Tagline: Two words: Bizarre. No wait, that’s only one word. Uhhh… Okay: Really bizarre. How’s that? Good? Good. Great. Okay.
Government-Funded Robot Assassins from Hell – Mission One: Kill All Evil Game Designers (henceforth, for obvious reasons, referred to merely as Government-Funded Robot Assassins) is a card game dating back to 1995.
Basically it combines a tongue-in-cheek presentation of “government-funded robot assassins from hell” with a satiric look at the gaming industry. Hence you get cards like:
Steve Jackson. He has his own game company! Creator of gaming chaos, this man is wanted by not only the Pentagon, but also the Secret Service! KILL HIM NOW!
Favorable Review. Everyone loves it! It could be because the game is good or maybe the designer slipped the reviewer some cold, hard cash.
(Note: Any game designers wishing to slip me cold hard cash should contact me via e-mail to obtain my snail mail address. I have no scruples. None at all. Honest.)
You win the game by earning a hundred points. Points are earned by carrying out a successful assassination – your targets being various game designers (each of whom are worth varying amounts).
Basically each player starts with a Plain Bot (a really basic model of robot assassin) and a hand of seven cards. You roll 4d6 to determine who plays first (why 4d6? I don’t know). Each player then draws a card and places a target on the table. Then he plays a card (which modifies the score of either his robot or a target, depending on the type of card). Everyone does the same thing.
When play returns to the first player he may now place a second card and then he needs to attack his target (the card he played back on his first turn). To carry out the assassination attempt he adds up his Assassinate score (his ‘bot plus its modifiers) and adds 4d6. If the total is higher than the defense of his target, then the target is dead and the player collects the points. Play out a new target.
Repeat until someone wins.
I ended up picking up Government-Funded Robot Assassins because I was ordering a number of products from Propaganda Publishing and my eye caught the title (which is very catchy, you have to admit). Since it was only six bucks I added it to my figurative cart. I’m very disappointed by it.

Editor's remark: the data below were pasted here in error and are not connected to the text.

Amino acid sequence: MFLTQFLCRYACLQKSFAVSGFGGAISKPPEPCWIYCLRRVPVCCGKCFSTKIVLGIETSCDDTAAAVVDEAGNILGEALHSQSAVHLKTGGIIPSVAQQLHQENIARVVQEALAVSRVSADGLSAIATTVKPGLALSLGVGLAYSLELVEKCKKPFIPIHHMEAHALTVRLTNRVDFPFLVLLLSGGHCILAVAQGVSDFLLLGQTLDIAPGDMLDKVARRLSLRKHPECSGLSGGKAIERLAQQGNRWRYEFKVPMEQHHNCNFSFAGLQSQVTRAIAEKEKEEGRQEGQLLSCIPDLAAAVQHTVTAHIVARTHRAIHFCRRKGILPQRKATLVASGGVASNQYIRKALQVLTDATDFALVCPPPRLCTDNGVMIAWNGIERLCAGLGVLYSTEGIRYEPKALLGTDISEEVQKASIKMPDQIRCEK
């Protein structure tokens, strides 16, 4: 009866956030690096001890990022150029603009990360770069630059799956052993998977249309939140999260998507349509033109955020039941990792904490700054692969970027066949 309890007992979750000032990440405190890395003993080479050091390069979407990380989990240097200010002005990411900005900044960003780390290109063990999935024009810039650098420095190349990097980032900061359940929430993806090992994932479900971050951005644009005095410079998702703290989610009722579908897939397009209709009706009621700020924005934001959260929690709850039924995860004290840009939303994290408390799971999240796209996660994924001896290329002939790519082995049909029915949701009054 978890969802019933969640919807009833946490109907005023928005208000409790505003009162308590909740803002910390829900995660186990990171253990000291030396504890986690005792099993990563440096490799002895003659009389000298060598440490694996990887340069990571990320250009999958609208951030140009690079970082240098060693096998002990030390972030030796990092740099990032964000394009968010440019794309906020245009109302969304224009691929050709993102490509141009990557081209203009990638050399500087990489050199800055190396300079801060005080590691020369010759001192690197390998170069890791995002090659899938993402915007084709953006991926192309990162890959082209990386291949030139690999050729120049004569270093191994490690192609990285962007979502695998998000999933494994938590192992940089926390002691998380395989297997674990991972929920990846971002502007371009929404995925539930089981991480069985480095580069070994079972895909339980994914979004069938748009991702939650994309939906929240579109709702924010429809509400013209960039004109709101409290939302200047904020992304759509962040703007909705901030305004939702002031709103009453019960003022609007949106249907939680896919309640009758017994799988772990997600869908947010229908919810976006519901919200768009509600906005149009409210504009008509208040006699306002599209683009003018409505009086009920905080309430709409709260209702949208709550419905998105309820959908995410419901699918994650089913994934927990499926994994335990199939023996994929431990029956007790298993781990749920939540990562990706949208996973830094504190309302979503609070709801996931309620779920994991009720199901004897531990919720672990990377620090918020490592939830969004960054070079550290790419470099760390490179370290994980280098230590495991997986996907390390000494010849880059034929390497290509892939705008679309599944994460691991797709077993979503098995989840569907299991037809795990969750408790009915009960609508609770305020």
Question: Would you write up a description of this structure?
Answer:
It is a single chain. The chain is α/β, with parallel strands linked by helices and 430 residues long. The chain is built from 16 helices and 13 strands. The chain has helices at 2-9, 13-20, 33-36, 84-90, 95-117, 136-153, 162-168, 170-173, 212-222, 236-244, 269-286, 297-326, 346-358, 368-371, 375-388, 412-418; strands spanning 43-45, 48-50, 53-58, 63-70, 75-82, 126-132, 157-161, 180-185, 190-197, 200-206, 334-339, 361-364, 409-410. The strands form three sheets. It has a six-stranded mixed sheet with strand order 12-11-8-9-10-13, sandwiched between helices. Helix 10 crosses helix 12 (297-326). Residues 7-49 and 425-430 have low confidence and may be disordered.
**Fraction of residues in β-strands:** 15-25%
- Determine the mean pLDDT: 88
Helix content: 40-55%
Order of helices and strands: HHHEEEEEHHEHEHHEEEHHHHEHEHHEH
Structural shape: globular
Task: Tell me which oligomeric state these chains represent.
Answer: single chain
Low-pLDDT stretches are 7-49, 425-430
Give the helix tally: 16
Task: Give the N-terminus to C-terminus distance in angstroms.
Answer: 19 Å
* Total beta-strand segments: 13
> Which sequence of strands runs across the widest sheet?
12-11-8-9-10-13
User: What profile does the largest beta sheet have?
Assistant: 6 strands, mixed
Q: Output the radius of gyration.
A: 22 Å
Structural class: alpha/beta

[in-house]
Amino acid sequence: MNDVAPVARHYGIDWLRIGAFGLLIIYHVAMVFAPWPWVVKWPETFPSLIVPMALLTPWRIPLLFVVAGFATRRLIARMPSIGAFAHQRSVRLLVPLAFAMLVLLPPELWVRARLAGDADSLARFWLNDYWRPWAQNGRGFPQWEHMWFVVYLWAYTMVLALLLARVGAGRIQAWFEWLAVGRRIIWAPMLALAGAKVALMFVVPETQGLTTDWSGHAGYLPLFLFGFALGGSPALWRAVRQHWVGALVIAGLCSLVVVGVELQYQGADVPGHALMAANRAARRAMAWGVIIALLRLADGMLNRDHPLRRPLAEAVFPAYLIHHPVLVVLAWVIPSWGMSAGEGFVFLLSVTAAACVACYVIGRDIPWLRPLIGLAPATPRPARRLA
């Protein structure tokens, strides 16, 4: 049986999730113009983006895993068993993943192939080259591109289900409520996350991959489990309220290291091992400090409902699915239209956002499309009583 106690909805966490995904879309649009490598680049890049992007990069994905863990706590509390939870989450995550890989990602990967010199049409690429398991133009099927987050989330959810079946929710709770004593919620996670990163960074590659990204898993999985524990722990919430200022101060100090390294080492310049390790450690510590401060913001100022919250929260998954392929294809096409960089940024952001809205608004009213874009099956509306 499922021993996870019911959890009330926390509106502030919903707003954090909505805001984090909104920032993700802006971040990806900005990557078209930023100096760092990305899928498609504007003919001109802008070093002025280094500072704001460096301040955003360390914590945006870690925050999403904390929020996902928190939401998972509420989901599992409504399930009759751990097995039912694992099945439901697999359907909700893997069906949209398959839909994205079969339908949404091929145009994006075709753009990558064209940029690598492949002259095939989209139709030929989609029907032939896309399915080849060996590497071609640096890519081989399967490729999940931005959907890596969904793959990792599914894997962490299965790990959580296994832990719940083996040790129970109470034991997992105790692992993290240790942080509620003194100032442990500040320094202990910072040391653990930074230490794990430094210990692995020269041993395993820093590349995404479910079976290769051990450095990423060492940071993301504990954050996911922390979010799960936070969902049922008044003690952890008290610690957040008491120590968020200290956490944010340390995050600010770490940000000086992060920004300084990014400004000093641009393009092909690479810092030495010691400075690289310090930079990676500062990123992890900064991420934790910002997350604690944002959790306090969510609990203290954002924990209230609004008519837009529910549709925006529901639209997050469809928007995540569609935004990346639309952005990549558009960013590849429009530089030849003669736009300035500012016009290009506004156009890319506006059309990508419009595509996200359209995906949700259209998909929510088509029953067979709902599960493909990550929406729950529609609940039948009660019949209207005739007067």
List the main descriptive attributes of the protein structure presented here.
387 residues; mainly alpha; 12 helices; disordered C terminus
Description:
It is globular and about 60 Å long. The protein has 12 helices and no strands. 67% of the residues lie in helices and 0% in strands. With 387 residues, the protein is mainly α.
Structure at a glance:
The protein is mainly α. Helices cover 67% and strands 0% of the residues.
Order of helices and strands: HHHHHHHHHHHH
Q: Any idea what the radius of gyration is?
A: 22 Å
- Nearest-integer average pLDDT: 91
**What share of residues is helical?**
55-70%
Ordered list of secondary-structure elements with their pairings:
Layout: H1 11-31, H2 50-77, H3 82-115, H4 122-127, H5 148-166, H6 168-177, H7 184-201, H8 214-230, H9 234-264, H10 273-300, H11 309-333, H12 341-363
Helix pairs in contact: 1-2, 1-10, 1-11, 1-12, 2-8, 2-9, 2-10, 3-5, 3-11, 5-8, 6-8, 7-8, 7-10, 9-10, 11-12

Basically I would sum the game up by its major problems:
First, the production values are very low. Hand-scribbled lettering in the graphics, which are generally low quality anyway. The game as a whole shows up as a set of cardstock pages (the cards, which you have to cut up yourself) folded into a large sheet of xeroxed instructions. This isn’t too bad, overall, since the whole product is basically one large in-joke – so you’re hardly going to expect laminated perfection — but it’s still a knock.
Second, the game – by it’s very nature – ends up being very topical. And the topic is now half a decade old. To put that in perspective, realize that Magic: The Gathering was new, TSR was still independent, and SHADIS still existed. It’s not a knock against the game as it was originally conceived, but it is a knock against purchasing it today.
Third, the rules are presented in a rather sloppy manner in a couple of places. A far larger problem with the rules, however, is that they just aren’t that effective or fun. Your average assassination almost always succeeds, particularly once you start building your robot up (you can move your assassinate score up, but not down – while you are able to modify defensive scores in both directions).
Finally, the jokes were never that funny to begin with. I picked a couple of the more humorous ones, above, but most of them are just yawners. For example:
Wizards of the Coast. The publishers of a hot new card game. Though they have money, they aren’t exactly in the same league as TSR. If they survive Magic, look out!
(Okay, that’s a little funny now — in an ironic sort of way.)
At the end of the day, this just isn’t worth your time or your money. It has a note of pleasant nostalgia to it for “old timers”, like myself, who happened to be kicking around when the events discussed on these cards were unfolding. But that’s not reason enough to pick it up.
Author: Philip J. Reed, Jr.
Company/Publisher: Propaganda Publishing
Page Count: n/a
Originally Posted: 2000/03/12
For an explanation of where these reviews came from and why you can no longer find them at RPGNet, click here.